An afternoon at the Toronto Police Services Board meeting Going to events like Doors Open Toronto this summer was a great way to show the family how major city services are delivered to our homes.   Showing children the day-to-day activities of the city like water purification and garbage collection are a good way to help kids understand what makes their community work.  This August, I attended the monthly public meeting of the Toronto Police Services Board in the police headquarters auditorium to watch mayor John Tory, councillor Shelley Carroll, police chief Mark Saunders and the other board members going about the business of police oversight for Toronto.  The audience was mainly made up of families with children, with some professionals and retirees also attending.   Media from CP24,  GlobalTV, CTV and CBC were all reporting live from the auditorium.  It was a full house, with an overflow of interested residents spilling into a hallway where they could watch the meeting from screens.  Initially it was not very obvious why there were so many cameras, as the first hour of the meeting was spent on a lengthy presentation on the new grey paint color for police cruisers.  This was about as interesting as watching said paint dry, until it became clear that public focus groups strongly preferred the original white color – white being easier to see at night, identify and flag down when necessary.  The grey was seen by the public as ‘stealthy’ and less visible, but it was preferred by the police.  It was quite a surprise that the grey police cars had already been ordered prior to the opinion of the public being sought, and prior to the approval of the board.  Probably not the best example of good governance over tax dollars and it was a jarring example of a lack of appropriate oversight.   The next speaker asked the Board about the beating of a 19 year old named Dafonte Miller by an off-duty Toronto police officer and his brother, who have been charged with assault.  Mr. Miller has not been charged with any offence and was on his way home when he was pursued on the street and beaten with a metal pipe so badly that one of his eyes requires surgical removal.  The involvement of the Toronto police officer was not reported to the Special Investigations Unit until Mr. Miller’s lawyer brought it to them, months after the incident.  The speaker asked the Board why there was no public statement regarding Mr. Miller’s beating, why Mr. Miller’s beating had not been reported to the SIU on a timely basis and made a series of comments about the fact that the police officer’s father is also a senior police officer with the Toronto Police and seems to have taken a role in the investigation.   There was no response from the Board.  The next speaker referenced that the beating of Mr. Miller followed the death of Andrew Loku, who was shot to death by a police officer, and also the death of Sammy Yatim, who was also shot to death by a police officer on a streetcar.  There was no response from the Board to the suggestion that perhaps police needed more training in de-escalation.   Another speaker made a presentation about removing police officers from being stationed inside high schools.  This speaker had a doctorate from the University of Toronto and explained that many children find uniformed police officers intimidating and also that if police are on site, situations that normally could be resolved by a teacher or principal can result in escalation to criminal charges.  Several speakers stated that the communities with police stationed inside high schools had not asked for this to take place and did not wish for their children to go to school with police in the halls.   The audience in the auditorium gradually became more and more engaged with the speakers, finally rising to their feet and marching out of the building, chanting “No, no SROs” (where SRO refers to School Resource police Officer.)   After this meeting I was left with a number of questions:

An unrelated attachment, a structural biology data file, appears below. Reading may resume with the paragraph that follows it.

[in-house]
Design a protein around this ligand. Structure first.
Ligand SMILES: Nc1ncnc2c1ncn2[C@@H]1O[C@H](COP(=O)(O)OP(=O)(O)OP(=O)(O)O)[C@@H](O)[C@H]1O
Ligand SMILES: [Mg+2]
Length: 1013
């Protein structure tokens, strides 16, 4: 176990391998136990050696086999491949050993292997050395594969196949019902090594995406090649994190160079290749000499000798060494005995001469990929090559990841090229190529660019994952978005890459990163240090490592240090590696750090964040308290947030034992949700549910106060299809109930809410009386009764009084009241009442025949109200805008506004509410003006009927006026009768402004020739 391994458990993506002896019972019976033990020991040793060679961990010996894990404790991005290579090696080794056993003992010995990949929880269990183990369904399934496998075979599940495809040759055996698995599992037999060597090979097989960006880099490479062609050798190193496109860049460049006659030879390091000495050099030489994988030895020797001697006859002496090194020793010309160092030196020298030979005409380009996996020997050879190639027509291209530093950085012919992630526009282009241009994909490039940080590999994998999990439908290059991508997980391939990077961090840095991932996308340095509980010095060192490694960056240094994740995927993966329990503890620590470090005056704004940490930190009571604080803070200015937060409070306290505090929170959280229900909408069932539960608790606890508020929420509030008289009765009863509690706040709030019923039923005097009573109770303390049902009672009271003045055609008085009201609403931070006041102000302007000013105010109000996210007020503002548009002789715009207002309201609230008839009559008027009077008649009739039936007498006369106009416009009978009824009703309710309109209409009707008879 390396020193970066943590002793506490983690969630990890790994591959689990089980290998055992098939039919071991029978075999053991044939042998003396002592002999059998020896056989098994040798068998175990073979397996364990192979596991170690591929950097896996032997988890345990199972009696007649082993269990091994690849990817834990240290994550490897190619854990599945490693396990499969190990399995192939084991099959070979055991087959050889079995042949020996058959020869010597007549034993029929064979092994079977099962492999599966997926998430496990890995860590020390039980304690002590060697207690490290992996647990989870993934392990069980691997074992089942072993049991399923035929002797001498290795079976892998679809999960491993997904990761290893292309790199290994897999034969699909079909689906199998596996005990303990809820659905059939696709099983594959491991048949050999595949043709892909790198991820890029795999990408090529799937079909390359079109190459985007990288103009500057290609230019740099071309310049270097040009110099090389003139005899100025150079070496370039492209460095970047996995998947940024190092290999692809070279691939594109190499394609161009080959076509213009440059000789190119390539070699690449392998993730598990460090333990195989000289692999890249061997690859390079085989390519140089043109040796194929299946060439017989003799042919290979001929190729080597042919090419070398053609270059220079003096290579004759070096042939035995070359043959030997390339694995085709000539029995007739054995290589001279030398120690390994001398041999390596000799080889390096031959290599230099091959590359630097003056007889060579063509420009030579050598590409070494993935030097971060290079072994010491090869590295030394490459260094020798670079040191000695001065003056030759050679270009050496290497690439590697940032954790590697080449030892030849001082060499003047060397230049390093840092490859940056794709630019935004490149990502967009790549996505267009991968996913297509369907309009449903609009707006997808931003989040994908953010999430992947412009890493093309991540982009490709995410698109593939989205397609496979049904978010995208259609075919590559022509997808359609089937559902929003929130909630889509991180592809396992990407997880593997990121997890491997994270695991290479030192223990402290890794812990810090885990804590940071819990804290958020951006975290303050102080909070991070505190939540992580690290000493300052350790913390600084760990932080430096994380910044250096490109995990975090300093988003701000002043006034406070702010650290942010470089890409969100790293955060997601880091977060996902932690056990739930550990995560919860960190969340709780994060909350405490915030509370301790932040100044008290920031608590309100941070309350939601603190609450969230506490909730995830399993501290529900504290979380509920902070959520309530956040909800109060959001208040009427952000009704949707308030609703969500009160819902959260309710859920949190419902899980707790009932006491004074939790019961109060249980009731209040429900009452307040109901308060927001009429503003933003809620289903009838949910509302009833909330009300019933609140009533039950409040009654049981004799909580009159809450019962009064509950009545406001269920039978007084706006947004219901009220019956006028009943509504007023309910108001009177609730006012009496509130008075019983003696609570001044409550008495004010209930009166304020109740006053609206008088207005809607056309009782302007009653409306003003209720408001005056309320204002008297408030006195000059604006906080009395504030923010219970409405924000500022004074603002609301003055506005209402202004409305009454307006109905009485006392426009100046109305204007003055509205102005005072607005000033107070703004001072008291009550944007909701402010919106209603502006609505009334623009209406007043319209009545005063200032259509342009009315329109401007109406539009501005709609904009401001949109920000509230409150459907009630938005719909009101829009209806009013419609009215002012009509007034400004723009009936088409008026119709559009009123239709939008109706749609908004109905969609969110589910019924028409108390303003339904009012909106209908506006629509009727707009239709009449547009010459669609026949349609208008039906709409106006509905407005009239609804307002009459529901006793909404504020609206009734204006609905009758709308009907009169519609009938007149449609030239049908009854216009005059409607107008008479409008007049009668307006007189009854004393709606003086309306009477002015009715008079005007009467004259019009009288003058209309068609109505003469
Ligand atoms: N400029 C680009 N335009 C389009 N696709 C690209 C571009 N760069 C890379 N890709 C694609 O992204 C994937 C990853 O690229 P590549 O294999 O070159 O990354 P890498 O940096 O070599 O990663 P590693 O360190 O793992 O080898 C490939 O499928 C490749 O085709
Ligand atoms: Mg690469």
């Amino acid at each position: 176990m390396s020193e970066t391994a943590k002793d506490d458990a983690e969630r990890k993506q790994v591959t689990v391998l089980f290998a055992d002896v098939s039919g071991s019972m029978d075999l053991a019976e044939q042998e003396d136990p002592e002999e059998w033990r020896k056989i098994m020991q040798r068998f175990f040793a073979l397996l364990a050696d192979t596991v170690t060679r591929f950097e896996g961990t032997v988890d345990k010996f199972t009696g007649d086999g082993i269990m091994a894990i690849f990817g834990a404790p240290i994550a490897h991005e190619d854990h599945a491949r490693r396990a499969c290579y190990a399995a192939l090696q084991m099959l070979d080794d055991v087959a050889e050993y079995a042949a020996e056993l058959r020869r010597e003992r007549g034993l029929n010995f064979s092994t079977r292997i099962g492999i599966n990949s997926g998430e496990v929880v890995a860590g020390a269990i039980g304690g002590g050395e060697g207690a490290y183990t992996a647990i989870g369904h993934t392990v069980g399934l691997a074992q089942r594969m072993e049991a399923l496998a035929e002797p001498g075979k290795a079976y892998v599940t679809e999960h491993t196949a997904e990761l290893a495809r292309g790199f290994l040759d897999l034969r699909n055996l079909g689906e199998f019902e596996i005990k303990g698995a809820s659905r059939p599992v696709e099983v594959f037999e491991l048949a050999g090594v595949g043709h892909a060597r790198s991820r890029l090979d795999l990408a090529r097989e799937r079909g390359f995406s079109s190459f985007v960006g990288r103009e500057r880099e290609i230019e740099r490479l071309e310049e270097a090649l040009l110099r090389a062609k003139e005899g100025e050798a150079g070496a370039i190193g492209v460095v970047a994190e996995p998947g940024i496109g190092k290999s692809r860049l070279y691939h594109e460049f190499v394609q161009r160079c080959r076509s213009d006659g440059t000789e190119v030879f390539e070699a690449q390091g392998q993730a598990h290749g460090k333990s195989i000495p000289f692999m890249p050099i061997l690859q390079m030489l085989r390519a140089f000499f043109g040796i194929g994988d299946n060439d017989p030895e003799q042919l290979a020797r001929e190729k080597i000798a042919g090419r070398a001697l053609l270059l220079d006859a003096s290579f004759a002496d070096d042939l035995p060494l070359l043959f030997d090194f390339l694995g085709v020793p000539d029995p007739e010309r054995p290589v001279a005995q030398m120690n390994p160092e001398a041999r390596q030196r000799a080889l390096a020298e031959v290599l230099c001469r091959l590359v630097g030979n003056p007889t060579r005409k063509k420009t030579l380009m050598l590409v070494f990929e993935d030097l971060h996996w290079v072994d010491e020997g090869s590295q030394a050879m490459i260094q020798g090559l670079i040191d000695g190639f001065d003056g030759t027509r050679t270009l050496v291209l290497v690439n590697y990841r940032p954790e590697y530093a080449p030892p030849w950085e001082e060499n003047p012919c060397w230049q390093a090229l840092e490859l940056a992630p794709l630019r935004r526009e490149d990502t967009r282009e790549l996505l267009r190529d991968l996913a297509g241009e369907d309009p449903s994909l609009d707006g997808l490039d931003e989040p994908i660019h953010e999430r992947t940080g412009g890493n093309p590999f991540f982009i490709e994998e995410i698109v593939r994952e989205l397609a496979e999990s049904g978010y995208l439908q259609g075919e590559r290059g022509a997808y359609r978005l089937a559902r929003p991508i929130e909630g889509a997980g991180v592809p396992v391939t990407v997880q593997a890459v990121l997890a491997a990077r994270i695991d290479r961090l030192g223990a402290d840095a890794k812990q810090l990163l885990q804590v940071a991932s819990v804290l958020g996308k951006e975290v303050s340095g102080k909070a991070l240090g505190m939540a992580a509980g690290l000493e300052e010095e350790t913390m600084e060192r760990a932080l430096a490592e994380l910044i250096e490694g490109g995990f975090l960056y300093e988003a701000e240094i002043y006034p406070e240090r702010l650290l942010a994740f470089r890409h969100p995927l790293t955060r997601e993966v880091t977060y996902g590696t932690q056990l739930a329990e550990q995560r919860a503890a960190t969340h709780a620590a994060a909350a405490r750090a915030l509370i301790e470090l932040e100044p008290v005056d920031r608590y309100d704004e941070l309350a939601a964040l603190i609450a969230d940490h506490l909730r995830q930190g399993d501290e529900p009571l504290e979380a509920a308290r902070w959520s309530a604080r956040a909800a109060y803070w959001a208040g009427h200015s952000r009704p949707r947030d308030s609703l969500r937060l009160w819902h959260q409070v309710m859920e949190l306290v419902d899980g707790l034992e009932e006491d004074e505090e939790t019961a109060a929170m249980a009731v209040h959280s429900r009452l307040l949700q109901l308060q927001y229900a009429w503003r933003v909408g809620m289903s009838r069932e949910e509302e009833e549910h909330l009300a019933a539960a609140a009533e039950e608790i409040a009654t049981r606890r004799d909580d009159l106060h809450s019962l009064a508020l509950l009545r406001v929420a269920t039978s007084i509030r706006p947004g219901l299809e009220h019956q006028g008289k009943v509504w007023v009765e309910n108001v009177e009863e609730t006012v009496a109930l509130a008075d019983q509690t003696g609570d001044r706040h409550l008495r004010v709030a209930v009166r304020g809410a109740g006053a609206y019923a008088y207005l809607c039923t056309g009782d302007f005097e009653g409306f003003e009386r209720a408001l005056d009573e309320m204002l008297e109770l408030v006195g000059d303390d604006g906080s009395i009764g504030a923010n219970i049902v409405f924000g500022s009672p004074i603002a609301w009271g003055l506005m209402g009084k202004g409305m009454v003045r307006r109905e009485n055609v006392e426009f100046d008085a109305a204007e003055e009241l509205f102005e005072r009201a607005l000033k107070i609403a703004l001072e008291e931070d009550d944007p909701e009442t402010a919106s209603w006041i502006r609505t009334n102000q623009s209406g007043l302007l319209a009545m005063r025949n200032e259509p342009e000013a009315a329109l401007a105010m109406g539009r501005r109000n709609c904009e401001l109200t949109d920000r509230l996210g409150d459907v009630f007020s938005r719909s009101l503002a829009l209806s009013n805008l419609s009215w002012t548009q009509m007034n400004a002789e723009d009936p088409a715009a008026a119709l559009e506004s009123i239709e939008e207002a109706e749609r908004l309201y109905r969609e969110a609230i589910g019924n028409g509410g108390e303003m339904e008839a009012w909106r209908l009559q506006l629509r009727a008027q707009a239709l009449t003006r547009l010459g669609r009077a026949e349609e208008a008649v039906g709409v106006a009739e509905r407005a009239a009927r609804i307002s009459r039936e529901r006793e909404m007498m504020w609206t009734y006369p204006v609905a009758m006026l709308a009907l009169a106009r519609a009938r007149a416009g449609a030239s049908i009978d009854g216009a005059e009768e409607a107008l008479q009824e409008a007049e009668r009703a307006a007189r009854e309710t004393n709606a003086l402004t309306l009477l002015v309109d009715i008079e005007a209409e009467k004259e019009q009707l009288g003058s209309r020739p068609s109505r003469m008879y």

1. Did Toronto Police really go ahead and order grey police cars that are hard to see, without asking either the public or the Board for input?  (Yes, they did.)
  1. Was Mr. Miller really beaten so badly that he lost an eye and was his assailant a Toronto police officer?  (Yes and yes.)
  1. Is it a good idea to have police officers in high schools?  (The Toronto District School Board has now removed all officers pending consultation.)   Unlike visits to the water treatment plant and waste transfer stations, the visit to the Police Services Board meeting did not leave us with a sense that everything at this city service is being handled reliably.  From new police cars being ordered without regard to whether it is a public safety issue if they cannot be easily seen, to the beating of a 19 year old on his way home, the oversight for Toronto Police seems ineffective and lax.  This idea to learn more about how Toronto works certainly resulted in our learning more, and becoming much more uncomfortable. Natasha Sharpe